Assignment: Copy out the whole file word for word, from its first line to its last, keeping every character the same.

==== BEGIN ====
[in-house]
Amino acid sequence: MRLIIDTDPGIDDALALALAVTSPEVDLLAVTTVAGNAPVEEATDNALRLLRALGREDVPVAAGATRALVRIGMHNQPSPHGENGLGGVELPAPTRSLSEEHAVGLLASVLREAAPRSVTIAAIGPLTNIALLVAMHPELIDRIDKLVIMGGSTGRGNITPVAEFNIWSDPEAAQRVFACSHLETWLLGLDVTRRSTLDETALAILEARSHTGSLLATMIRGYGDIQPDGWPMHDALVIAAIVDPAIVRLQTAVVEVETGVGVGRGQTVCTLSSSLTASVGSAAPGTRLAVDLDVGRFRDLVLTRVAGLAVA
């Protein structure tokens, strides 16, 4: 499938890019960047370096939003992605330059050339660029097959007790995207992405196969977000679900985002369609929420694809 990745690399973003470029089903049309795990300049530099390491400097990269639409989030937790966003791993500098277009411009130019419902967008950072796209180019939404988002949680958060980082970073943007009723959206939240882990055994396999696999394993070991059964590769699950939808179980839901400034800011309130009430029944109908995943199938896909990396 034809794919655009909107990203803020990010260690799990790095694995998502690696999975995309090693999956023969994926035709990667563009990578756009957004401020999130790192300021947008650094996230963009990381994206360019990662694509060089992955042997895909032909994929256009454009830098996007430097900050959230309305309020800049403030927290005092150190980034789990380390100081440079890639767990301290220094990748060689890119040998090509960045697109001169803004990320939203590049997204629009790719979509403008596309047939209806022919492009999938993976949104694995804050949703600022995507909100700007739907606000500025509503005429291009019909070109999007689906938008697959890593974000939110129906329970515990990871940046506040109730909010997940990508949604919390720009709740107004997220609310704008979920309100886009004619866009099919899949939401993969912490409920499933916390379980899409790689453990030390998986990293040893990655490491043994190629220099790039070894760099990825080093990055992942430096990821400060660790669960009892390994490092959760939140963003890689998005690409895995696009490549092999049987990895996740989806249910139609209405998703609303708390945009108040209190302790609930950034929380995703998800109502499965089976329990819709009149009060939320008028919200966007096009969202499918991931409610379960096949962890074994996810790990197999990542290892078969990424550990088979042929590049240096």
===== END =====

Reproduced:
[in-house]
Amino acid sequence: MRLIIDTDPGIDDALALALAVTSPEVDLLAVTTVAGNAPVEEATDNALRLLRALGREDVPVAAGATRALVRIGMHNQPSPHGENGLGGVELPAPTRSLSEEHAVGLLASVLREAAPRSVTIAAIGPLTNIALLVAMHPELIDRIDKLVIMGGSTGRGNITPVAEFNIWSDPEAAQRVFACSHLETWLLGLDVTRRSTLDETALAILEARSHTGSLLATMIRGYGDIQPDGWPMHDALVIAAIVDPAIVRLQTAVVEVETGVGVGRGQTVCTLSSSLTASVGSAAPGTRLAVDLDVGRFRDLVLTRVAGLAVA
């Protein structure tokens, strides 16, 4: 499938890019960047370096939003992605330059050339660029097959007790995207992405196969977000679900985002369609929420694809 990745690399973003470029089903049309795990300049530099390491400097990269639409989030937790966003791993500098277009411009130019419902967008950072796209180019939404988002949680958060980082970073943007009723959206939240882990055994396999696999394993070991059964590769699950939808179980839901400034800011309130009430029944109908995943199938896909990396 034809794919655009909107990203803020990010260690799990790095694995998502690696999975995309090693999956023969994926035709990667563009990578756009957004401020999130790192300021947008650094996230963009990381994206360019990662694509060089992955042997895909032909994929256009454009830098996007430097900050959230309305309020800049403030927290005092150190980034789990380390100081440079890639767990301290220094990748060689890119040998090509960045697109001169803004990320939203590049997204629009790719979509403008596309047939209806022919492009999938993976949104694995804050949703600022995507909100700007739907606000500025509503005429291009019909070109999007689906938008697959890593974000939110129906329970515990990871940046506040109730909010997940990508949604919390720009709740107004997220609310704008979920309100886009004619866009099919899949939401993969912490409920499933916390379980899409790689453990030390998986990293040893990655490491043994190629220099790039070894760099990825080093990055992942430096990821400060660790669960009892390994490092959760939140963003890689998005690409895995696009490549092999049987990895996740989806249910139609209405998703609303708390945009108040209190302790609930950034929380995703998800109502499965089976329990819709009149009060939320008028919200966007096009969202499918991931409610379960096949962890074994996810790990197999990542290892078969990424550990088979042929590049240096």